DIRECTED BY: Robert Altman
PLOT: An oddball genius constructs a one man flying device in the basement of the Houston Astrodome, assisted by a sexy but murderous guardian angel.
WHY IT SHOULD MAKE THE LIST: Robert Altman’s showman’s understanding and appreciation of the circus influenced the presentation of this surreal satire with its unconventional plot, eccentric characters, and eye-catching production design. Watching this colorful odyssey is like exploring a side road on the cinematic highway to Oz.
COMMENTS: Five out of five stars all the way for this gorgeous, pensive work of art. In this strange black comedy, Brewster McCloud (Cort -“Harold” from Harold and Maude) is a likable misfit who lives in the fallout shelter of the old Houston Astrodome. He endeavors to build a mechanical flying suit which will enable his escape from an incomprehensible world to some unknown imaginative utopia. An eccentric angel adeptly played by the quirky Sally Kellerman strangles anyone who opposes Brewster.
Brewster McCloud has a humorously heavy ornithological thesis with a narrative lecture provided by an off kilter science professor. The instructor’s recitation of facts about the social and mating habits of birds provides a funny comparative commentary on human nature. Avian themes glue the plot points together and furnish continuity between a sequence of strange events as Brewster struggles to achieve his goal.
There are three subplots: a coming of age story centered around McCloud, a social commentary stemming from the exposition of similarities and differences between humans and birds, and a murder investigation. While the police attempt to determine why the strangulation victims are found plastered with bird droppings, Brewster tries to beat the clock and perfect his flying machine before the authorities close in. He must stay focused in spite of two seductive girlfriends. One is a sexually repressed, self pleasuring health food nut. The other is a daffy wannabe race car driver who speeds about in a hot-rod that she purloined from a pervert. Throughout, Brewster encounters a broad range of corrupt, maniacal locals and shake down artists whom he evades in foot pursuits and car chases.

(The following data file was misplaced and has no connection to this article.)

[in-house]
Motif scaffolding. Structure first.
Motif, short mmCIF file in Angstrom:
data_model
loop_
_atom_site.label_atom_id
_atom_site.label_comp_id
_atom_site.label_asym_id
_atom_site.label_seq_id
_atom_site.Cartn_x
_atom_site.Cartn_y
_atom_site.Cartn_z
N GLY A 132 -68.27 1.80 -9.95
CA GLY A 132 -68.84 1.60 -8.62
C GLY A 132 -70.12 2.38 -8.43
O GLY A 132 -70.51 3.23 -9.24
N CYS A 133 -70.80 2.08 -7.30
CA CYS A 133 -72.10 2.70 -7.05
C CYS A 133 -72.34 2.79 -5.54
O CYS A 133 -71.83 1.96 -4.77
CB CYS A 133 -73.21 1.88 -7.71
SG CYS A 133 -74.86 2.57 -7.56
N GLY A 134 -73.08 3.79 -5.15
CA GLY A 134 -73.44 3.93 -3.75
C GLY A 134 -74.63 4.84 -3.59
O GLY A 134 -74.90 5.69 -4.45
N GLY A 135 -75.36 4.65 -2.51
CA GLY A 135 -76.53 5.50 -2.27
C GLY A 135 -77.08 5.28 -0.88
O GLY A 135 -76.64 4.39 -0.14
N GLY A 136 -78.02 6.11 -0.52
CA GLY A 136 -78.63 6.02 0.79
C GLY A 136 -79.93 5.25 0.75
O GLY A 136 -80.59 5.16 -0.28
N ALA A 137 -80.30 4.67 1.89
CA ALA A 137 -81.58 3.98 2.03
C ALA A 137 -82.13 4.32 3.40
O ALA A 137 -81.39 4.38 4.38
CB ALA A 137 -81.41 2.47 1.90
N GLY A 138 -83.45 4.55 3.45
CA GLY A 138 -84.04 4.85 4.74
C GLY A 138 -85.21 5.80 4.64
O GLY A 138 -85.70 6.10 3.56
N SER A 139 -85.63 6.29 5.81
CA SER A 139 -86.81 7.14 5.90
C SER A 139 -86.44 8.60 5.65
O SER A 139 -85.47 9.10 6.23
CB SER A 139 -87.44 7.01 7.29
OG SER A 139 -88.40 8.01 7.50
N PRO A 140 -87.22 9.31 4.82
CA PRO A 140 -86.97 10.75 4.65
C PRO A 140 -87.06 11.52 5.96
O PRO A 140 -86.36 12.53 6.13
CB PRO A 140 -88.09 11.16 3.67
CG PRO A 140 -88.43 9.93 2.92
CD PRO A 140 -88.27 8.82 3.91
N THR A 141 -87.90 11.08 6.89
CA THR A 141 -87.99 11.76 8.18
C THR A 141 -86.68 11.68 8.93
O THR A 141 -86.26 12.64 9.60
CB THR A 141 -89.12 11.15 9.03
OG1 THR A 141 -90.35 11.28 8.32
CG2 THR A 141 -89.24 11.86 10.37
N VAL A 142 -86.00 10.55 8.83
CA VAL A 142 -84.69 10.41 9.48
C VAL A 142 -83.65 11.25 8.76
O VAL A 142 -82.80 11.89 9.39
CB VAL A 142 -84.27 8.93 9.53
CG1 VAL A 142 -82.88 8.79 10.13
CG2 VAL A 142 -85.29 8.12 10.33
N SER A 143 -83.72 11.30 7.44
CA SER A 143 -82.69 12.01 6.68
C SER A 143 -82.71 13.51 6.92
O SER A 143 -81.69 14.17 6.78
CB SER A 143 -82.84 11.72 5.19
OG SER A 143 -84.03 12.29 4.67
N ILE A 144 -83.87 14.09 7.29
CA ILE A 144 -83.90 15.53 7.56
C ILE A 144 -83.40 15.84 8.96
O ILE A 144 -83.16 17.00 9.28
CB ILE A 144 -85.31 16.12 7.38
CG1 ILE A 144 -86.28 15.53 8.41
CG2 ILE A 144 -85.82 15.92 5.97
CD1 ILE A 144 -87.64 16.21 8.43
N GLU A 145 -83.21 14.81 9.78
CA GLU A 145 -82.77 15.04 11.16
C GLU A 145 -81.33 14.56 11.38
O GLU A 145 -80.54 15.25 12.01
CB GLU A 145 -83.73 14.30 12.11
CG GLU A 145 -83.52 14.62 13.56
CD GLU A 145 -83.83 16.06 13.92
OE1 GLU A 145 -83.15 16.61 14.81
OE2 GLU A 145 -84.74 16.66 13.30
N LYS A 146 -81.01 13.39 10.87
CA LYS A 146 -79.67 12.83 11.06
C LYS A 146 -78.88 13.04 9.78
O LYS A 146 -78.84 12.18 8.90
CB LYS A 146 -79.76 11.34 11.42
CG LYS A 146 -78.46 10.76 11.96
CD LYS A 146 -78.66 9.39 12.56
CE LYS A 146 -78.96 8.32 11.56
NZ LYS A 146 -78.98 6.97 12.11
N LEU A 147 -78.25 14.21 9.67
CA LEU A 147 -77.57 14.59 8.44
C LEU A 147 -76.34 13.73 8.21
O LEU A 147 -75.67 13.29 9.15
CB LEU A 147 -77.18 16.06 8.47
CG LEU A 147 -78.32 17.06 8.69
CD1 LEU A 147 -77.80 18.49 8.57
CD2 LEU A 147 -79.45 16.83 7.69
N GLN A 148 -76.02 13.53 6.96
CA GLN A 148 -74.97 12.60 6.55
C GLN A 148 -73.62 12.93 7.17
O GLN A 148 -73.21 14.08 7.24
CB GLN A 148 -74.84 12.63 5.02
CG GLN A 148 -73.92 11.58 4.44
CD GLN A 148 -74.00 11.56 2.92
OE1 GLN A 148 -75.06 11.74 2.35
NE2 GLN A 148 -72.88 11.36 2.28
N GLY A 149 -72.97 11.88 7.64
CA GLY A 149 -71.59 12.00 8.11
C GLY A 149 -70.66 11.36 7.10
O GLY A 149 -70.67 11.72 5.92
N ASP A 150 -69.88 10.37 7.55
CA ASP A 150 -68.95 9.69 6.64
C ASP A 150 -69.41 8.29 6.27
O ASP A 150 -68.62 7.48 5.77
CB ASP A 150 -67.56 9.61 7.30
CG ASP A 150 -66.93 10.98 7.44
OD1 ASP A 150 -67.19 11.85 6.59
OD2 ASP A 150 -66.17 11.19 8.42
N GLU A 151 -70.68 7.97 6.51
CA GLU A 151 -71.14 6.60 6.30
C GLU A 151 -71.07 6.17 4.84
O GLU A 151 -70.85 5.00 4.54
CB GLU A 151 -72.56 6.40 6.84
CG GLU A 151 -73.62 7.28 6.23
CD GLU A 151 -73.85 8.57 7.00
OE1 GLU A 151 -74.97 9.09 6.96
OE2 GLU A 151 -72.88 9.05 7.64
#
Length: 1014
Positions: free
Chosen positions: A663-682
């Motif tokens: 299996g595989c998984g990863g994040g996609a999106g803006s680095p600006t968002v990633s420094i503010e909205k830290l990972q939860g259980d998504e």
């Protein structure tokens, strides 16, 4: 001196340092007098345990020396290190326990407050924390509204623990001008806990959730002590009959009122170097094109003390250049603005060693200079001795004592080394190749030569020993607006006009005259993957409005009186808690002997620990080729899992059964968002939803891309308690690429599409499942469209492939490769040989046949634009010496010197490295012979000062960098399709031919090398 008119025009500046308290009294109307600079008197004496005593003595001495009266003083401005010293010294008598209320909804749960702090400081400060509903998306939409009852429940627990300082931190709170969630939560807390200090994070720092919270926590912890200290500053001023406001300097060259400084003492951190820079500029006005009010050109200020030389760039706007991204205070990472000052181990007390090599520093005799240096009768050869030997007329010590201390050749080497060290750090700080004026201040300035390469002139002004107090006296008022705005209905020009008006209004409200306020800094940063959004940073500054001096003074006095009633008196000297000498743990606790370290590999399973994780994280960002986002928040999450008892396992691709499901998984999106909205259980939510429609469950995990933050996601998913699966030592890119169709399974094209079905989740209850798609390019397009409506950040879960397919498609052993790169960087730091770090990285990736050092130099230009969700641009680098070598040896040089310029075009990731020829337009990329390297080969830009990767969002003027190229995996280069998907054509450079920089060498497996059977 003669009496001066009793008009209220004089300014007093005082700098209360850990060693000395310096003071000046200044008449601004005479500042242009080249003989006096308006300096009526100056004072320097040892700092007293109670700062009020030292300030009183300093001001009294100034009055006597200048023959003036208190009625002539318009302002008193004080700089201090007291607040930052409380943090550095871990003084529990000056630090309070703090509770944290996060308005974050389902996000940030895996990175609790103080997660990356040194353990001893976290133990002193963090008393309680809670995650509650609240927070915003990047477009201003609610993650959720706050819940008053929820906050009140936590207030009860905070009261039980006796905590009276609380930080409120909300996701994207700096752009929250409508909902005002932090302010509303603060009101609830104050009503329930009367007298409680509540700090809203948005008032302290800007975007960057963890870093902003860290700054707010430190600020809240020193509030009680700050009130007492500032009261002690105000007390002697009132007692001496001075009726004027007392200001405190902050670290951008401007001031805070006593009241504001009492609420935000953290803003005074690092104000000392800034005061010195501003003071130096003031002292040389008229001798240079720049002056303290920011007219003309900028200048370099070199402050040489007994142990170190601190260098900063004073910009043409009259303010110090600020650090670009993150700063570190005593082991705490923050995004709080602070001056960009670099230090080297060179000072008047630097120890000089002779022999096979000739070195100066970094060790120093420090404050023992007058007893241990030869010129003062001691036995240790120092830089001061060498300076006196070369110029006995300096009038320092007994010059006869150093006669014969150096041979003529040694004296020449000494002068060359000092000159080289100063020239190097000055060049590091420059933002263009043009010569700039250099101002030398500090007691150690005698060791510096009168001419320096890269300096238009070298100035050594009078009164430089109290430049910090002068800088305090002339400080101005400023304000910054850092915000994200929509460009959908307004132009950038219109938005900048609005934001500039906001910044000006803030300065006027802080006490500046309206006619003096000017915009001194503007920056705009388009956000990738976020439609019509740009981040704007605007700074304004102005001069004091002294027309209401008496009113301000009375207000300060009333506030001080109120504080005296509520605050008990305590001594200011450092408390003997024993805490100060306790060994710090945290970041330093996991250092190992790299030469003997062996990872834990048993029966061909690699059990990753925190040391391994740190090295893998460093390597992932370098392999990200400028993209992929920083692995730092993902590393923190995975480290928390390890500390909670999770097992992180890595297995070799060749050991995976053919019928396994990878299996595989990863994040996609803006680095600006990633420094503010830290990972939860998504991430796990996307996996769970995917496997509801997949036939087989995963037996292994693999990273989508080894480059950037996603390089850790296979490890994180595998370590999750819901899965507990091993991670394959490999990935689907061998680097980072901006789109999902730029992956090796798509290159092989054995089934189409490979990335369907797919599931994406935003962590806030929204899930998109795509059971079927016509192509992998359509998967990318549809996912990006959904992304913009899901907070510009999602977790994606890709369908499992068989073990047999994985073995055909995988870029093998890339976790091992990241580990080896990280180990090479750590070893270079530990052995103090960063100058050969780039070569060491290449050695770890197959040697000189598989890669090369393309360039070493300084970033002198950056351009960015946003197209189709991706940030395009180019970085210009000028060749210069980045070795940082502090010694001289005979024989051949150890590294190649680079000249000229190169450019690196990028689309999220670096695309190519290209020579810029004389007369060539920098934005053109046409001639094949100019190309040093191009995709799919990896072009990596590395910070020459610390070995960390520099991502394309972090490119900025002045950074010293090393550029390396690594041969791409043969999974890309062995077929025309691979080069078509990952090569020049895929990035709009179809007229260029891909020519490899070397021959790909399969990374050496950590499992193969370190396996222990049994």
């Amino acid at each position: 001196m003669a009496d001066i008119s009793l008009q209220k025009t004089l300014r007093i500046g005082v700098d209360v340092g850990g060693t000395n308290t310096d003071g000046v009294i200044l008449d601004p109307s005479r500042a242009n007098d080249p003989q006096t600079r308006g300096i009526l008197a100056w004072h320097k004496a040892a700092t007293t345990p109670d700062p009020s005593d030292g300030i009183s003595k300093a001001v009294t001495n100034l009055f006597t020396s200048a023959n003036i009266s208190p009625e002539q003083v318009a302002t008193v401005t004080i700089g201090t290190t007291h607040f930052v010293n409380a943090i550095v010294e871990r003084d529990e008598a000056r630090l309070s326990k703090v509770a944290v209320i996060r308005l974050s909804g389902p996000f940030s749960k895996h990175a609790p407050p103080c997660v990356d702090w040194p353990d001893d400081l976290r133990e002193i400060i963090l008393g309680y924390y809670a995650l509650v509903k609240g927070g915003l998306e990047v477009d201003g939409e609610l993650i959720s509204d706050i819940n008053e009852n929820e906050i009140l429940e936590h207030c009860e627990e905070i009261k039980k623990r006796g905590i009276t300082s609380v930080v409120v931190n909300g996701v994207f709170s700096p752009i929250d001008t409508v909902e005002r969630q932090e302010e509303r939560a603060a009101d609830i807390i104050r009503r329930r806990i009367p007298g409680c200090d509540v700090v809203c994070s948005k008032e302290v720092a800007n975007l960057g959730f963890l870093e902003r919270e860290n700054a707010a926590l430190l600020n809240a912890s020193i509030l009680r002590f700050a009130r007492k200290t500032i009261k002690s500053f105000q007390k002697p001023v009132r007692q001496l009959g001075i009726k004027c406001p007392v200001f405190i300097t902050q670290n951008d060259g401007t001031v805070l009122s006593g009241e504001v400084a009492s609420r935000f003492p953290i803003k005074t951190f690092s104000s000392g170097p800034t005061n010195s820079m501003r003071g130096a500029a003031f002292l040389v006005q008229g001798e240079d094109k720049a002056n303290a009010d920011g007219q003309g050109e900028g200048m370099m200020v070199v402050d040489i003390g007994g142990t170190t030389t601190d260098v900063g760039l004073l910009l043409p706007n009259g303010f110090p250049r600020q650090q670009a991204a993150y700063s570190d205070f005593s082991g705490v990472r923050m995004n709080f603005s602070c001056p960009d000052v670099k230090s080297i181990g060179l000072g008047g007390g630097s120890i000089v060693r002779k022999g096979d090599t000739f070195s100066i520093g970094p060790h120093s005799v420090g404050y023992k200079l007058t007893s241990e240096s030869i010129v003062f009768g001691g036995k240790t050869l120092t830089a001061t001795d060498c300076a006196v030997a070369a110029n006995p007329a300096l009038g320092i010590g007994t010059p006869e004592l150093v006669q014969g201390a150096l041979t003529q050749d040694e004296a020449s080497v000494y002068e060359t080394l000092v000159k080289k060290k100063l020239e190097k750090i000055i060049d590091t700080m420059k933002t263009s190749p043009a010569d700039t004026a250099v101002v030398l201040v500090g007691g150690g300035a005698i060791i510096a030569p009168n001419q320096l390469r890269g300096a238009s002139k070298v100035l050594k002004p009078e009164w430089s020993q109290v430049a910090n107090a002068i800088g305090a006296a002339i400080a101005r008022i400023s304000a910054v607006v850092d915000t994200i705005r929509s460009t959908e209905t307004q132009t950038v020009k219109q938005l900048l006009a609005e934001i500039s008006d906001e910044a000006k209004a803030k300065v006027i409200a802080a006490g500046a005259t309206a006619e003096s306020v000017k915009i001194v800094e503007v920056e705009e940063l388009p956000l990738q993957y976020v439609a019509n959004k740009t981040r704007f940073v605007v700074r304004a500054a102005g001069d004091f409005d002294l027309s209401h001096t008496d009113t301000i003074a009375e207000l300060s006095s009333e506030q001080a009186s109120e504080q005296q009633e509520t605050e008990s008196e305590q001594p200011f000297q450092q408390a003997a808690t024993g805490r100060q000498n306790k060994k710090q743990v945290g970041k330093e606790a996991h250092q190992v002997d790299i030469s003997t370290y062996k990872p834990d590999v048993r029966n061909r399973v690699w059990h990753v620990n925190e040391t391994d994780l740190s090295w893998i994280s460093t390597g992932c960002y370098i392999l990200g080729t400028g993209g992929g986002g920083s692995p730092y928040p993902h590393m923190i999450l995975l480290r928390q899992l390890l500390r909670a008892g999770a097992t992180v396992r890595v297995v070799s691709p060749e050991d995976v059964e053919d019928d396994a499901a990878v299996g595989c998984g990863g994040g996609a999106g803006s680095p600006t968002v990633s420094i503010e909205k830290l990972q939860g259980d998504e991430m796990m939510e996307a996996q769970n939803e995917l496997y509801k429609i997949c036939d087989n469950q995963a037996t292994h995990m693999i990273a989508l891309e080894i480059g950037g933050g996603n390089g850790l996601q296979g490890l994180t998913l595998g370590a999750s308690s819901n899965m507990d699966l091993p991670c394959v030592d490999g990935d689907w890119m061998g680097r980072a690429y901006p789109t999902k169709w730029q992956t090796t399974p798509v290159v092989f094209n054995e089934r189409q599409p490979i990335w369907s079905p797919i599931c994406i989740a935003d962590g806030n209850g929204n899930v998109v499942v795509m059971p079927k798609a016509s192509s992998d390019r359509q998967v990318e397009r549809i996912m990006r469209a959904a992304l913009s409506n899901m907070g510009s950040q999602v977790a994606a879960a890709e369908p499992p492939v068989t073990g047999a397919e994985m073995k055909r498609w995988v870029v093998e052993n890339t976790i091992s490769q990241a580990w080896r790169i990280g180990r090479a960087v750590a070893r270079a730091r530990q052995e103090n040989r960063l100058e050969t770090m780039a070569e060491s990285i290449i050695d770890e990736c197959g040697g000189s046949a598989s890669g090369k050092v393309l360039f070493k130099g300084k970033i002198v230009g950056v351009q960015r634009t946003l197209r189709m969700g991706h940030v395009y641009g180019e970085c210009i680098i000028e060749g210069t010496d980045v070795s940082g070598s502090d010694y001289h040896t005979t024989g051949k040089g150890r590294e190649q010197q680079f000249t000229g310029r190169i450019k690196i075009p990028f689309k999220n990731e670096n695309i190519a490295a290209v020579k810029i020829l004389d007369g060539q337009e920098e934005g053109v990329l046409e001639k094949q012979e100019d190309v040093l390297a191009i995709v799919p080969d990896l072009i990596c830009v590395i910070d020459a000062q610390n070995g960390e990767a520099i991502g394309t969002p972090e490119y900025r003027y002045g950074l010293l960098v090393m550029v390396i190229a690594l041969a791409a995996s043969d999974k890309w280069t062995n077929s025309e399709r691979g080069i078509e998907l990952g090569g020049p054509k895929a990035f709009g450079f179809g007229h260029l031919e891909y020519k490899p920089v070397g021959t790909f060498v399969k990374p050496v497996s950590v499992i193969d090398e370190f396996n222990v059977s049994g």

Brewster McCloud is one of Robert Altman’s most imaginatively entertaining and colorful films. In this delightfully oddball production, Altman makes strategic, thoughtful use of magic realism to deliver a sardonically dark satire. In one scene, a detective crashes his muscle car into a pond behind a family posing for a photograph in a public park. His legs crushed, the driver shoots himself in the head, but the subjects posing for the photo never break their stiffly arranged stance for the camera to turn around and look. Such moments are reminiscent of the morbid humor of the segment in Catch-22 in which an airman standing on a dock is cut in half by the prop of a fighter plane. Appallingly, the legs and waist of the hapless subject continue to stand in place for a second before flopping over into the water.
Altman’s reverence for the circus, the oldest form of showmanship and theater features prominently in the production design. Altman casts character actors like Stacy Keach, Shelly Duvall and Margaret Hamilton. Sight gags reference their trademark films. Hamilton, for instance, appears in trademark red slippers from The Wizard of Oz.
The dialogue is telling and the segments are funny. In one memorable sequence, Stacy Keach plays an eccentric pistol-packing millionaire. Made up as Shylock from The Merchant of Venice, he takes to the busy metro freeways in a souped-up wheelchair with disastrous results.
Producer Lou Adler brought John Phillips (The Mamas and the Papas) into the project to write supplemental music for the score. Phillip’s contribution is breathtakingly beautiful and represents some of his finest work. Altman thoughtfully composed each shot, and every frame looks like an artistic photograph. The film’s carefully planned, striking color and design continuity result in a stunning optical footprint. With it’s 2.35:1 aspect ratio it provides a visual experience that is nothing short of spectacular. (Shot in 70mm.)
Brewster McCloud is a picturesque highlight of 1970’s cars, culture, and Houston locations, many of which, like the wonder with which people once viewed the Astrodome, are now a distant memory. Viewing the film today may be a nostalgic experience for those fans who wish to take one last glimpse at the garishness and good times of that carefree decade of loud fashions, laughable pop cultural values, and larger than life characters and settings. As such Brewster McCloud is a worthwhile, overlooked, if not difficult to obtain treat for the senses. (The movie is unforgivably out of print on DVD).
Note: This film was very poorly marketed. The dreadfully misguided trailers are not representative, and have been omitted from this recommendation.
WHAT THE CRITICS SAY:
“Delightfully bizarre… an unusually well-made train wreck, probably smarter than it initially appears but never anywhere close to heavy enough to diminish it as entertainment.”–Jay Seaver, Efilmcritic.com (DVD)